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Helping Africa’s Smallholders Feed the World

Sustainable Development Goal 2 – which aims to end hunger by 2030 – is achievable. But it will require a commitment from both governments and the private sector to help rural farmers shift to sustainable – and profitable – agricultural practices.

KEFFI, NIGERIA – In the rural village of Kura in Kano State, Nigeria, where I grew up, my grandfather would lose more than half of his tomatoes after each harvest. He was not a bad farmer. But bad roads made it difficult for him to get his tomatoes to market, and he had never learned modern methods of preserving them. In an effort to salvage some of his produce, he often dried his tomatoes on the sand.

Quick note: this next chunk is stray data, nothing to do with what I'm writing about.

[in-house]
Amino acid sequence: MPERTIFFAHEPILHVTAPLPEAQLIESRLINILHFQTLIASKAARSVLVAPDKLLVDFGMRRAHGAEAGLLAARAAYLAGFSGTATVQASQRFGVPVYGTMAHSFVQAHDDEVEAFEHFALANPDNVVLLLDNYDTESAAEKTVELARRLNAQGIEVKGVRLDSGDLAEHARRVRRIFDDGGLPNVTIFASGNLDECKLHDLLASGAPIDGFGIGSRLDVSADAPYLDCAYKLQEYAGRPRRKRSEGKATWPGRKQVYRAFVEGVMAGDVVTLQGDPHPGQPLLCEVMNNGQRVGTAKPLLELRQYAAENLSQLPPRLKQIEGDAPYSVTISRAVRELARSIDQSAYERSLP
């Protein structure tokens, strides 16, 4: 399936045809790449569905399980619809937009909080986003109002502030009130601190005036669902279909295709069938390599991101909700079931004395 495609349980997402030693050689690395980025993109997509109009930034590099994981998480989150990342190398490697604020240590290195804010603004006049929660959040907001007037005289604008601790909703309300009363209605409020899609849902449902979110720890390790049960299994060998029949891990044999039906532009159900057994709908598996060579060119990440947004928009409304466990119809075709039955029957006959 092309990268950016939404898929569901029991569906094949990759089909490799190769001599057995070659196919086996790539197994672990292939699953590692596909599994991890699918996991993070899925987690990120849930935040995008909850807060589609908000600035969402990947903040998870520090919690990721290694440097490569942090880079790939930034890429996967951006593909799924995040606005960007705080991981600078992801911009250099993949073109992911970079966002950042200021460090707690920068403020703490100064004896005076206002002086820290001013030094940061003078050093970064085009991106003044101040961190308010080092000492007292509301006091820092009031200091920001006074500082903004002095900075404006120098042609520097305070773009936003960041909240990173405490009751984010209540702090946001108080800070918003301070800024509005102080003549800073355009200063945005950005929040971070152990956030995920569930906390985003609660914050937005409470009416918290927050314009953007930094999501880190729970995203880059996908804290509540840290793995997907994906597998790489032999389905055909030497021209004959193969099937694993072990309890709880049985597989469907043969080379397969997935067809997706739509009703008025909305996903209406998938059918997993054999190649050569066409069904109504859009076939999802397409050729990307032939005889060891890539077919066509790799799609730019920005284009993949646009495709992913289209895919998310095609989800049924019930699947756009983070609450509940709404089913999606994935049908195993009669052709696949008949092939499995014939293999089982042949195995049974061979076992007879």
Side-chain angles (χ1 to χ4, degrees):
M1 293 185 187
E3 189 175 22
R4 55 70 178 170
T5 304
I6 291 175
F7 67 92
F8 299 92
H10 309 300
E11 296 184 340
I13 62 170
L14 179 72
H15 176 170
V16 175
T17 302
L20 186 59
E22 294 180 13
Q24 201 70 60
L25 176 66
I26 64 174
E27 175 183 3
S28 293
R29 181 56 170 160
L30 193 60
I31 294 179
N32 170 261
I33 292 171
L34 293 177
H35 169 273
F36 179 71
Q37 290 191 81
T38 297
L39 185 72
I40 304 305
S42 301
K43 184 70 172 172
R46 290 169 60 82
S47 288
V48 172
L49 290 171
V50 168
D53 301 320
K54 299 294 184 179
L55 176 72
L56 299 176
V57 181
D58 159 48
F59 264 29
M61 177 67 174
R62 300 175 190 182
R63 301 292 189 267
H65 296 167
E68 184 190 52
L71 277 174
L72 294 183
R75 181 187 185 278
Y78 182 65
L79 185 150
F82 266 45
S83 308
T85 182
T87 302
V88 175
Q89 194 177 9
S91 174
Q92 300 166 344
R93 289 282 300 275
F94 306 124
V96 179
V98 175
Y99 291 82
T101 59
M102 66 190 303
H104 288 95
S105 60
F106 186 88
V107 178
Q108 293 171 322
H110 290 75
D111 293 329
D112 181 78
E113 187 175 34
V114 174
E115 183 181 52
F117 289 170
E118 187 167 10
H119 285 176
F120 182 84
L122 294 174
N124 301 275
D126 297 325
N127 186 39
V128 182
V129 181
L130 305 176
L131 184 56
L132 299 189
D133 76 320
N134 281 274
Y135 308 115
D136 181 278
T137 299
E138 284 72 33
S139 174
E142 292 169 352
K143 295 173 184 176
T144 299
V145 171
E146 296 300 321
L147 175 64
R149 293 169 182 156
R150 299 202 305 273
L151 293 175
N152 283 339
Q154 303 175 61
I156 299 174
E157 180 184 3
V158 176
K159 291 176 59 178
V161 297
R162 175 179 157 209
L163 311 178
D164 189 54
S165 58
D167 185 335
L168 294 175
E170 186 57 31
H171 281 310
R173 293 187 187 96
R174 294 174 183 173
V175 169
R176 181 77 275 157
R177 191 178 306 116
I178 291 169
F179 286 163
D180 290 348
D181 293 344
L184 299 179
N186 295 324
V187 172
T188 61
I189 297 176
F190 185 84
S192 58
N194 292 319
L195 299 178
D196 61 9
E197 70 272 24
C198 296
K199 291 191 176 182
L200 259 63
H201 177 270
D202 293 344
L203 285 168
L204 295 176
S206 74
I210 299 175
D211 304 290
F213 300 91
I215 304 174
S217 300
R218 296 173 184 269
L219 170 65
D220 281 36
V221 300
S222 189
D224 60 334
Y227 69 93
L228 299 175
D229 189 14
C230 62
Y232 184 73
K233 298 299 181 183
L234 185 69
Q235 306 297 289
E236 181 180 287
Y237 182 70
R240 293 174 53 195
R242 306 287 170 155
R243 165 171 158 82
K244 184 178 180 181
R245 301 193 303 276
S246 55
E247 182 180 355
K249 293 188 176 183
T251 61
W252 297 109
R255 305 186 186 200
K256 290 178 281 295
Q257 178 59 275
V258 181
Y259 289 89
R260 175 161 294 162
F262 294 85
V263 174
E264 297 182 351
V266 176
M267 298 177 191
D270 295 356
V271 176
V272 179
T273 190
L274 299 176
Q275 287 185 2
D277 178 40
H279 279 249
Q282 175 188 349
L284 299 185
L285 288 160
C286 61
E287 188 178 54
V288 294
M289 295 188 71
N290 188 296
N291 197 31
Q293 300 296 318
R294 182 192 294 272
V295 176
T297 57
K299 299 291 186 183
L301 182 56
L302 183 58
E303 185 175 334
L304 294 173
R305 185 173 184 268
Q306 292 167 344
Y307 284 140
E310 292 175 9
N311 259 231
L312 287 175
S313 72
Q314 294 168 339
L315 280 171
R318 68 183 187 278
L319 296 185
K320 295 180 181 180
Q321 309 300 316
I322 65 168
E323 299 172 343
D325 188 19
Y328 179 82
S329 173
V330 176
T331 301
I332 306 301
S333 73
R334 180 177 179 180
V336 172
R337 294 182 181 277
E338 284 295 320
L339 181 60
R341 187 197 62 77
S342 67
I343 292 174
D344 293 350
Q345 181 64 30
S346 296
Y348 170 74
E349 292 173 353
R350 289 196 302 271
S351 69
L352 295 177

This is still true of about 80 million rural farmers in Nigeria. Across Sub-Saharan Africa, as much as 50% of fruits and vegetables, 40% of roots and tubers, and 20% of cereals, legumes, and pulses harvested are lost before they reach a market. Less than a half-mile away from a major tomato-paste factory in Kadawa, Kano, Nigeria, some 200 rural farmers dry over 40 trailer-loads of fresh tomatoes in the sand every week.

This lack of knowledge and resources among rural farmers contributes substantially to global food insecurity. After all, in the developing world, rural smallholders – most of whom own less than four hectares of farmland – comprise the majority of all farmers. In fact, rural people produce three-quarters of the world’s food, yet they constitute 80% of the world’s poor.

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